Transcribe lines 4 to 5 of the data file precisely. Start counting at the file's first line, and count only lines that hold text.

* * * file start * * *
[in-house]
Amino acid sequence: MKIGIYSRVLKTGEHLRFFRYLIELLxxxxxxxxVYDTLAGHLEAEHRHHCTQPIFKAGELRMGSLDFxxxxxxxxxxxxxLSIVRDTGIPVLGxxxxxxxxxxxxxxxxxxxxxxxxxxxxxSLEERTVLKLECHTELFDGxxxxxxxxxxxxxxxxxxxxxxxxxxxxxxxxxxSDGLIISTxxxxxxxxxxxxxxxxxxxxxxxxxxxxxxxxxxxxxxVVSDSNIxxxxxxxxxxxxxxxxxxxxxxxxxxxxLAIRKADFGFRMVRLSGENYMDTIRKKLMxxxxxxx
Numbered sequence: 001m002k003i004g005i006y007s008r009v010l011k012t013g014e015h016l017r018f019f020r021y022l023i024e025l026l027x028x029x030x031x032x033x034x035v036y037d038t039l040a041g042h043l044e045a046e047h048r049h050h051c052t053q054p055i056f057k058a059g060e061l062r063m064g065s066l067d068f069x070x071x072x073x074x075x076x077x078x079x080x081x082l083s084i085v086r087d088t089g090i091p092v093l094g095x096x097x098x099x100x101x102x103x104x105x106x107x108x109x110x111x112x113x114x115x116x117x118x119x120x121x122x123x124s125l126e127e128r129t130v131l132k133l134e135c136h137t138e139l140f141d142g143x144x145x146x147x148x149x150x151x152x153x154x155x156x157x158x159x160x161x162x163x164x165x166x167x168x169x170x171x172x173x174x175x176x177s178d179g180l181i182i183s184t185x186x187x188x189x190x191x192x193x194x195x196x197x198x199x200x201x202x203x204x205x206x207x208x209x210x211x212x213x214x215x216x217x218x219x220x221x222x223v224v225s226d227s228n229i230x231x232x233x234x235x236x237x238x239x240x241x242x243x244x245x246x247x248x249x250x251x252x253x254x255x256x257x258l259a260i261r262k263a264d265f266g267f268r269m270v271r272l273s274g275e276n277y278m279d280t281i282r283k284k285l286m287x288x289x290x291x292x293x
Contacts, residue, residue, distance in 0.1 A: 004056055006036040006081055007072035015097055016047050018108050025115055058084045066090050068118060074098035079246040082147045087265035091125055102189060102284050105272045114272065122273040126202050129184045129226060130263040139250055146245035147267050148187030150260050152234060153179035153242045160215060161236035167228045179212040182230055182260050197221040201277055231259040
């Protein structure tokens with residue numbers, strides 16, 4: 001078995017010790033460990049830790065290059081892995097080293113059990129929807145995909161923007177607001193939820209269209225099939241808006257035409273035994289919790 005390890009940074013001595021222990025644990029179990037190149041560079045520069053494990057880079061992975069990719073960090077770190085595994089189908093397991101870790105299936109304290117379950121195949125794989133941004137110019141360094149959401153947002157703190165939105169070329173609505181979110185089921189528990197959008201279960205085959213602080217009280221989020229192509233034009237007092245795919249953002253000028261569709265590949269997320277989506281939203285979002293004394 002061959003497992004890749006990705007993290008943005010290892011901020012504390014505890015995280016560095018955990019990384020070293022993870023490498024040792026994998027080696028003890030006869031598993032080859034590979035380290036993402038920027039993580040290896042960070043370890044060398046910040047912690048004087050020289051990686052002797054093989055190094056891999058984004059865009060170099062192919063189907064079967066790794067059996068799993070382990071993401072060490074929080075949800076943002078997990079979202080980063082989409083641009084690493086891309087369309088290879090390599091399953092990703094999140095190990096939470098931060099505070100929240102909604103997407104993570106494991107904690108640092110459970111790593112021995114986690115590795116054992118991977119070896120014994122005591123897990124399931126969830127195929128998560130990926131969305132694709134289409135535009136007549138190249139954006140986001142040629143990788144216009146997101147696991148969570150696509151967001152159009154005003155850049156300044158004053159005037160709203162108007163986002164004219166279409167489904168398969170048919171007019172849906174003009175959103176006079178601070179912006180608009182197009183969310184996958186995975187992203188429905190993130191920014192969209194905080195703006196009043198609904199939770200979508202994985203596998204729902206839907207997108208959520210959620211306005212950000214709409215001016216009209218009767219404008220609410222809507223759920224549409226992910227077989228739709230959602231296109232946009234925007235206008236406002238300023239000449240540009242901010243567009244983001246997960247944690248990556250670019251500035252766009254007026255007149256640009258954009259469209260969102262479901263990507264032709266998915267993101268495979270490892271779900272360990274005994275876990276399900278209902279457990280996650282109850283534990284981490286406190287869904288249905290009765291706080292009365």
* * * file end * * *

Contacts, residue, residue, distance in 0.1 A: 004056055006036040006081055007072035015097055016047050018108050025115055058084045066090050068118060074098035079246040082147045087265035091125055102189060102284050105272045114272065122273040126202050129184045129226060130263040139250055146245035147267050148187030150260050152234060153179035153242045160215060161236035167228045179212040182230055182260050197221040201277055231259040
């Protein structure tokens with residue numbers, strides 16, 4: 001078995017010790033460990049830790065290059081892995097080293113059990129929807145995909161923007177607001193939820209269209225099939241808006257035409273035994289919790 005390890009940074013001595021222990025644990029179990037190149041560079045520069053494990057880079061992975069990719073960090077770190085595994089189908093397991101870790105299936109304290117379950121195949125794989133941004137110019141360094149959401153947002157703190165939105169070329173609505181979110185089921189528990197959008201279960205085959213602080217009280221989020229192509233034009237007092245795919249953002253000028261569709265590949269997320277989506281939203285979002293004394 002061959003497992004890749006990705007993290008943005010290892011901020012504390014505890015995280016560095018955990019990384020070293022993870023490498024040792026994998027080696028003890030006869031598993032080859034590979035380290036993402038920027039993580040290896042960070043370890044060398046910040047912690048004087050020289051990686052002797054093989055190094056891999058984004059865009060170099062192919063189907064079967066790794067059996068799993070382990071993401072060490074929080075949800076943002078997990079979202080980063082989409083641009084690493086891309087369309088290879090390599091399953092990703094999140095190990096939470098931060099505070100929240102909604103997407104993570106494991107904690108640092110459970111790593112021995114986690115590795116054992118991977119070896120014994122005591123897990124399931126969830127195929128998560130990926131969305132694709134289409135535009136007549138190249139954006140986001142040629143990788144216009146997101147696991148969570150696509151967001152159009154005003155850049156300044158004053159005037160709203162108007163986002164004219166279409167489904168398969170048919171007019172849906174003009175959103176006079178601070179912006180608009182197009183969310184996958186995975187992203188429905190993130191920014192969209194905080195703006196009043198609904199939770200979508202994985203596998204729902206839907207997108208959520210959620211306005212950000214709409215001016216009209218009767219404008220609410222809507223759920224549409226992910227077989228739709230959602231296109232946009234925007235206008236406002238300023239000449240540009242901010243567009244983001246997960247944690248990556250670019251500035252766009254007026255007149256640009258954009259469209260969102262479901263990507264032709266998915267993101268495979270490892271779900272360990274005994275876990276399900278209902279457990280996650282109850283534990284981490286406190287869904288249905290009765291706080292009365």